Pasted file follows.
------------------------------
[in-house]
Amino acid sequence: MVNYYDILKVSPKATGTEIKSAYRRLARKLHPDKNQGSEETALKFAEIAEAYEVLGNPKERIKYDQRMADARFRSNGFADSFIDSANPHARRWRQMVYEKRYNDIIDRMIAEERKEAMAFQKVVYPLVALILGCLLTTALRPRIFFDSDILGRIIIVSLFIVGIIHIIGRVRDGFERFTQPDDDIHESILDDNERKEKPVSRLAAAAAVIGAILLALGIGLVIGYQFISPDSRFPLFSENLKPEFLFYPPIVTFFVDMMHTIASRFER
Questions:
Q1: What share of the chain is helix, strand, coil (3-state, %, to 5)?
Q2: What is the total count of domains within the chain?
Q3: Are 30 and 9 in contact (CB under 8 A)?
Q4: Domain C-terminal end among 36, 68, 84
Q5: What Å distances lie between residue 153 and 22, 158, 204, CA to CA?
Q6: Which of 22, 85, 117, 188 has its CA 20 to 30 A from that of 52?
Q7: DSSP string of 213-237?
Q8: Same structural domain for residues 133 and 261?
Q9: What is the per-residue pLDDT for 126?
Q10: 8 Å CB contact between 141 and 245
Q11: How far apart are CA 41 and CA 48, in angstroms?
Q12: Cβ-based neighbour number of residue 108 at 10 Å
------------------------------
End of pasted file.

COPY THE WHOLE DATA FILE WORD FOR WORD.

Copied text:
[in-house]
Amino acid sequence: MVNYYDILKVSPKATGTEIKSAYRRLARKLHPDKNQGSEETALKFAEIAEAYEVLGNPKERIKYDQRMADARFRSNGFADSFIDSANPHARRWRQMVYEKRYNDIIDRMIAEERKEAMAFQKVVYPLVALILGCLLTTALRPRIFFDSDILGRIIIVSLFIVGIIHIIGRVRDGFERFTQPDDDIHESILDDNERKEKPVSRLAAAAAVIGAILLALGIGLVIGYQFISPDSRFPLFSENLKPEFLFYPPIVTFFVDMMHTIASRFER
Questions:
Q1: What share of the chain is helix, strand, coil (3-state, %, to 5)?
Q2: What is the total count of domains within the chain?
Q3: Are 30 and 9 in contact (CB under 8 A)?
Q4: Domain C-terminal end among 36, 68, 84
Q5: What Å distances lie between residue 153 and 22, 158, 204, CA to CA?
Q6: Which of 22, 85, 117, 188 has its CA 20 to 30 A from that of 52?
Q7: DSSP string of 213-237?
Q8: Same structural domain for residues 133 and 261?
Q9: What is the per-residue pLDDT for 126?
Q10: 8 Å CB contact between 141 and 245
Q11: How far apart are CA 41 and CA 48, in angstroms?
Q12: Cβ-based neighbour number of residue 108 at 10 Å